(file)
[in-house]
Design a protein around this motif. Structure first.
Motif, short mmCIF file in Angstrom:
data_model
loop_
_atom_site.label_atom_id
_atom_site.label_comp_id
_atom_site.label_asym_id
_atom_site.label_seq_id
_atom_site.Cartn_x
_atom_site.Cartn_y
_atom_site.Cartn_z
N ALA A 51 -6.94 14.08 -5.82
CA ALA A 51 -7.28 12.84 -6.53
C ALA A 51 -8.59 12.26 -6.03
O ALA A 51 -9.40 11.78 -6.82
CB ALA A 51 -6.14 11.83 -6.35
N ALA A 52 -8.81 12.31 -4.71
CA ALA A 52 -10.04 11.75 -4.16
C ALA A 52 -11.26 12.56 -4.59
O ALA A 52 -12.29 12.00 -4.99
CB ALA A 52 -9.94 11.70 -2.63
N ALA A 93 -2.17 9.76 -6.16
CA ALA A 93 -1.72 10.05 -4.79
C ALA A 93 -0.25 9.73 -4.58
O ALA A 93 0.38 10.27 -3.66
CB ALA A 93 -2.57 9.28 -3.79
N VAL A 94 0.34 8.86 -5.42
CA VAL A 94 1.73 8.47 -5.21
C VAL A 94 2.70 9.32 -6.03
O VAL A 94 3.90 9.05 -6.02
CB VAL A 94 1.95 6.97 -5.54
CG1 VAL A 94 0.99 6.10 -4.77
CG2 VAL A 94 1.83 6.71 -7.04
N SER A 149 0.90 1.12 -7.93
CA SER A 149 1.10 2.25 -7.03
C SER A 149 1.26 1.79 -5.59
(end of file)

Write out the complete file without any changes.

[in-house]
Design a protein around this motif. Structure first.
Motif, short mmCIF file in Angstrom:
data_model
loop_
_atom_site.label_atom_id
_atom_site.label_comp_id
_atom_site.label_asym_id
_atom_site.label_seq_id
_atom_site.Cartn_x
_atom_site.Cartn_y
_atom_site.Cartn_z
N ALA A 51 -6.94 14.08 -5.82
CA ALA A 51 -7.28 12.84 -6.53
C ALA A 51 -8.59 12.26 -6.03
O ALA A 51 -9.40 11.78 -6.82
CB ALA A 51 -6.14 11.83 -6.35
N ALA A 52 -8.81 12.31 -4.71
CA ALA A 52 -10.04 11.75 -4.16
C ALA A 52 -11.26 12.56 -4.59
O ALA A 52 -12.29 12.00 -4.99
CB ALA A 52 -9.94 11.70 -2.63
N ALA A 93 -2.17 9.76 -6.16
CA ALA A 93 -1.72 10.05 -4.79
C ALA A 93 -0.25 9.73 -4.58
O ALA A 93 0.38 10.27 -3.66
CB ALA A 93 -2.57 9.28 -3.79
N VAL A 94 0.34 8.86 -5.42
CA VAL A 94 1.73 8.47 -5.21
C VAL A 94 2.70 9.32 -6.03
O VAL A 94 3.90 9.05 -6.02
CB VAL A 94 1.95 6.97 -5.54
CG1 VAL A 94 0.99 6.10 -4.77
CG2 VAL A 94 1.83 6.71 -7.04
N SER A 149 0.90 1.12 -7.93
CA SER A 149 1.10 2.25 -7.03
C SER A 149 1.26 1.79 -5.59